Organized by the UK COP26 President-Designate and WRI, this official side event at COP25 in Madrid, Spain, focuses on the growing international momentum around net-zero targets, and how they can drive more ambitious national climate action.
Mid-century, long-term low greenhouse gas emission development strategies under the Paris Agreement have a key role to play in the transition toward low emissions and climate resilient economies. They set out long-term goals for climate and development, and direct short-term decision-making to support the necessary shifts to limit global warming and lift people out of poverty. These long-term strategies also serve as a basis for increasing ambition, including through nationally determined contributions, because they articulate a long-term vision that is achievable.
Watch: Going Net Zero: Long-term Strategies—and the Ambitious NDCs and Robust Governance to Get Us There
High-level representatives from Chile, Fiji, Republic of the Marshall Islands, Portugal and the United Kingdom affirmed their willingness to deliver long-term emissions reductions in line with the Paris Agreement goals and national development objectives.
Tina Stege, Climate Envoy to the President, Republic of the Marshall Islands:
“Long term planning is essential if we want to reach carbon neutrality by mid-century. The key success will be if more countries follow in our footsteps to reach net-zero emissions.”
Aiyaz Sayed-Khaiyum, Minister for Economy, Fiji:
“It is difficult to set legitimate NDCs without strategizing a long-term approach to the implementation. We have to have foresight and anticipate change, as emissions evolve with time.”
Claire O’Neill, COP26 President-designate:
“We stand ready to share our knowledge and expertise with other countries as we focus on the future.”
Lord Duncan, UK Minister for Climate Change:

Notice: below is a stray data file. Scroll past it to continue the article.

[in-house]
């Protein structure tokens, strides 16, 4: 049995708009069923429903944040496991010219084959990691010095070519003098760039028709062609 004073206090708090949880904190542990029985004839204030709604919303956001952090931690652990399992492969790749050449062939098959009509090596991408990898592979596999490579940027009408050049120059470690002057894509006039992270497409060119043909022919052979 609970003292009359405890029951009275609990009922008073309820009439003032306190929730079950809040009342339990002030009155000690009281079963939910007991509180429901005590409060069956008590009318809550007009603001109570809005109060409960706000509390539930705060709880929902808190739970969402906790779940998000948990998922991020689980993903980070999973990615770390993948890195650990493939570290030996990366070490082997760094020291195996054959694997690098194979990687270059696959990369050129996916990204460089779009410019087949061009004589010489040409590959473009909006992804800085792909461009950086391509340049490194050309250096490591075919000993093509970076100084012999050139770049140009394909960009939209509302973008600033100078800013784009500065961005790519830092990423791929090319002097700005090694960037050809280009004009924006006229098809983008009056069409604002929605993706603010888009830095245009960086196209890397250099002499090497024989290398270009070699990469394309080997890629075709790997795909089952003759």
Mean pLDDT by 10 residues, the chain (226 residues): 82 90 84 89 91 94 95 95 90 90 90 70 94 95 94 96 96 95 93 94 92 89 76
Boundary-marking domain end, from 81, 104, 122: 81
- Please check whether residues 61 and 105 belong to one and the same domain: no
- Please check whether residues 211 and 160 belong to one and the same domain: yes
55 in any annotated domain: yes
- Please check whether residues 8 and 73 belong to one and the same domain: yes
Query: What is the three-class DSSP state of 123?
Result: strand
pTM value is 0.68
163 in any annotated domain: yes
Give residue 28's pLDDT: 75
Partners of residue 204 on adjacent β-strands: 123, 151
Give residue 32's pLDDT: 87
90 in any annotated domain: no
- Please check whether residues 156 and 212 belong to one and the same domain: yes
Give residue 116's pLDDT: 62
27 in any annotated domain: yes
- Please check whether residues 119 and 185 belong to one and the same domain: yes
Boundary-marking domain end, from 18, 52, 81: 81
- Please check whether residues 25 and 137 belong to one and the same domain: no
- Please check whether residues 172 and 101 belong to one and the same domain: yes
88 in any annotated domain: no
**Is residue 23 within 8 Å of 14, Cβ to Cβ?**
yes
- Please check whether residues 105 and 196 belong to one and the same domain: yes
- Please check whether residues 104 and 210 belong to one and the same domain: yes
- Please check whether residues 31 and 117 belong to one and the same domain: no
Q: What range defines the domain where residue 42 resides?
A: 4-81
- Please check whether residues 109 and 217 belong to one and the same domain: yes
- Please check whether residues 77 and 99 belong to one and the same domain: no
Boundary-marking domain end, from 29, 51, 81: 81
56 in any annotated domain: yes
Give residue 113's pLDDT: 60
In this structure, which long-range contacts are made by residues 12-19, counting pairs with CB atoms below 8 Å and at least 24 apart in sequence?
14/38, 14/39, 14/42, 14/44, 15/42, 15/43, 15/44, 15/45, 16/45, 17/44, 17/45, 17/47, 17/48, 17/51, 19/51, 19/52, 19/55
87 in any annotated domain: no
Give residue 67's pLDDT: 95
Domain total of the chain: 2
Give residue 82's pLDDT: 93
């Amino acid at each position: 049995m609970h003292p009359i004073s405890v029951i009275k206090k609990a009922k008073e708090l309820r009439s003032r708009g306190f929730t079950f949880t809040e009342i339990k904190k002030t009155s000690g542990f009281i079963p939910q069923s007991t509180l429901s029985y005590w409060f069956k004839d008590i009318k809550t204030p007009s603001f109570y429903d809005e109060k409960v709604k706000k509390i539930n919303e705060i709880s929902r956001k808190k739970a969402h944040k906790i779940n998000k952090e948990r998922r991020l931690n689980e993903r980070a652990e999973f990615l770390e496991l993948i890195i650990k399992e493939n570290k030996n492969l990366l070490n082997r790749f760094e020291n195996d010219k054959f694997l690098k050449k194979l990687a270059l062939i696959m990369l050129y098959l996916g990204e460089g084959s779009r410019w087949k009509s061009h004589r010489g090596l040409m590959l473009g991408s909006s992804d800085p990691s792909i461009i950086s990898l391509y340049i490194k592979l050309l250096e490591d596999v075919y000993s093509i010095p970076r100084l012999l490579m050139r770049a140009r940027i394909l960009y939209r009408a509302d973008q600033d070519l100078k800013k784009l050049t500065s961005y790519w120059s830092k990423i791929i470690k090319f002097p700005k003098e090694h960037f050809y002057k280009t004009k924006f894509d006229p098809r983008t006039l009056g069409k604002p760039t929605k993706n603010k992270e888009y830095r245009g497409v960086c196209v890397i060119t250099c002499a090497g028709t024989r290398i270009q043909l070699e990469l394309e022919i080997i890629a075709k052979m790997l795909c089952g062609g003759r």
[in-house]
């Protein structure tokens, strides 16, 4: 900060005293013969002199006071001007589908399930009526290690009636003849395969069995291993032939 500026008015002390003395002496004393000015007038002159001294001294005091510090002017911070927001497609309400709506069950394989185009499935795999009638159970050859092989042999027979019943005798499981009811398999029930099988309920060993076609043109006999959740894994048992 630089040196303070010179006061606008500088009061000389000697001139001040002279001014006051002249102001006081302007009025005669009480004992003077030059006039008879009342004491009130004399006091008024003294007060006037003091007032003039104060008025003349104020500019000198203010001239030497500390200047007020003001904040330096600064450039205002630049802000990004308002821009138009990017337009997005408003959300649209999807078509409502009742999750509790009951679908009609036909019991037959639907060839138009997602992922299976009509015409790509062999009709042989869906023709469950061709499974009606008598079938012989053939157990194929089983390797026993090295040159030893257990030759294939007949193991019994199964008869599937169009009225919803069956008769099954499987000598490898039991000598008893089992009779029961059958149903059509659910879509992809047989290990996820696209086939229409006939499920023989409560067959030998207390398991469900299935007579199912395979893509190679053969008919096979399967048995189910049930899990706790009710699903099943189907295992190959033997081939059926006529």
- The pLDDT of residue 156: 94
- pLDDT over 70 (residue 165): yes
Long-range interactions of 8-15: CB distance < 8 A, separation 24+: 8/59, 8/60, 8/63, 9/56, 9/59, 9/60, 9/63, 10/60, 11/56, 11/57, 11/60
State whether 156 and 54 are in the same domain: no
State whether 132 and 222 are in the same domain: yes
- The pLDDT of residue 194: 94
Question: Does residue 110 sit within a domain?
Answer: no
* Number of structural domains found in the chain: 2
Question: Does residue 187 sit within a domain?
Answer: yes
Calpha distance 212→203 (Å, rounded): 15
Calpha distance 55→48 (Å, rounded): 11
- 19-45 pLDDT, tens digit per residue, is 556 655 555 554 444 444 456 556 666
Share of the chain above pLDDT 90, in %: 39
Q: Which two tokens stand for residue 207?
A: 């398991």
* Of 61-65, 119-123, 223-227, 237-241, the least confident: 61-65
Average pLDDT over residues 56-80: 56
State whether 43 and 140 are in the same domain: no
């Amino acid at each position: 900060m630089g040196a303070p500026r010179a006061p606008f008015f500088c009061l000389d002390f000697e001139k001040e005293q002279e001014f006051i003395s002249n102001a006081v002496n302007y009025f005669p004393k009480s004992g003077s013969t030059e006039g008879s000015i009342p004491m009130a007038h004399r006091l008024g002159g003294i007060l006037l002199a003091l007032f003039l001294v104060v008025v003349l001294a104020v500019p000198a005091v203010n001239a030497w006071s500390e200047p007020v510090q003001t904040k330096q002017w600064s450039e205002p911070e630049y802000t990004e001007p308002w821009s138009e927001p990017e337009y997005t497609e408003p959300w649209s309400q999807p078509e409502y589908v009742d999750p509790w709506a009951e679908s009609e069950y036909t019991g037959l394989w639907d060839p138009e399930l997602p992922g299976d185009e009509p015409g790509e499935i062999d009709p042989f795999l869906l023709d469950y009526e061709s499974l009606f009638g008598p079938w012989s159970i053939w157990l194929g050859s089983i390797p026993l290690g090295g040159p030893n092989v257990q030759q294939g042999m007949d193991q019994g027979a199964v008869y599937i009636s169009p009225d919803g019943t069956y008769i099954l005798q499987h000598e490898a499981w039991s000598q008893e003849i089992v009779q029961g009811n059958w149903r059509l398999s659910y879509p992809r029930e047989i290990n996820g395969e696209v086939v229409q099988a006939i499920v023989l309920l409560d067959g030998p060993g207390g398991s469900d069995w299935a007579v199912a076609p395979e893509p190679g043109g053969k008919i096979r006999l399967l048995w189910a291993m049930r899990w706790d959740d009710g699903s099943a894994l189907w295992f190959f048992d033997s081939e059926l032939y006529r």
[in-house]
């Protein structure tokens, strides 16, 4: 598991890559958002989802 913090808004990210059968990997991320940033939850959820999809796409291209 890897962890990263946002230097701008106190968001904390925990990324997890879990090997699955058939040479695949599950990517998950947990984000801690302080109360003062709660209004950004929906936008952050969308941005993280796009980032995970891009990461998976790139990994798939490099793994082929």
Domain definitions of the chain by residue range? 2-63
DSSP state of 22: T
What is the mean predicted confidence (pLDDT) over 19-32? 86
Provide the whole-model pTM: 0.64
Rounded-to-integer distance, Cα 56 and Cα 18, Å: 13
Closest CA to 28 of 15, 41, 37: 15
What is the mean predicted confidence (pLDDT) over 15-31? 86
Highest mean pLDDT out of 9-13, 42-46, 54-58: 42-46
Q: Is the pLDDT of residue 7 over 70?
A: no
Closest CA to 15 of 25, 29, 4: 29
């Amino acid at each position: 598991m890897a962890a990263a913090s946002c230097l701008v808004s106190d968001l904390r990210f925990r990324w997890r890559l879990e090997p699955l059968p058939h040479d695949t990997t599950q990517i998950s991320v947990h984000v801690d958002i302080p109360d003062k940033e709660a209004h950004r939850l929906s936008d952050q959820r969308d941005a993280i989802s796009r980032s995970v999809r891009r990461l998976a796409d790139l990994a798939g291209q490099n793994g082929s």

“It is important in countries with an active, democratic voice to bring all of the people alongside us as we take the steps toward a decarbonized world.”
João Pedro Matos Fernandes, Minister of Environment and Climate Action, Portugal:
“Achieving climate neutrality requires a real energy transformation. The next decade is critical to ensuring alignment with the carbon neutrality trajectory. It will not be possible without a swift transition from a linear fossil fuel-based economy model to a circular carbon-neutral one, respecting the limits of our planet.”
Gonzalo Munoz, Climate Champion, Chile:
“To increase ambition, we must put science at the center. We don’t have time to just promote the work of the IPCC. We have to be active and do what they’re telling us to do.”
The speakers reiterated that ambitious long-term strategies are one of the most important contributions that countries can make to support the achievement of the goals of the Paris Agreement—and that frontrunning countries stand ready to help others along this journey.
To date, 14 countries have communicated official plans for how they’re going to reduce their emissions between now and 2050. Dozens of other countries, including China, India and members of the 2050 Pathways Platform and the Climate Ambition Alliance are also committed to publishing their long-term strategy as soon as possible. The Agreement invites all countries to do so by 2020.
In case you missed the event, watch it here.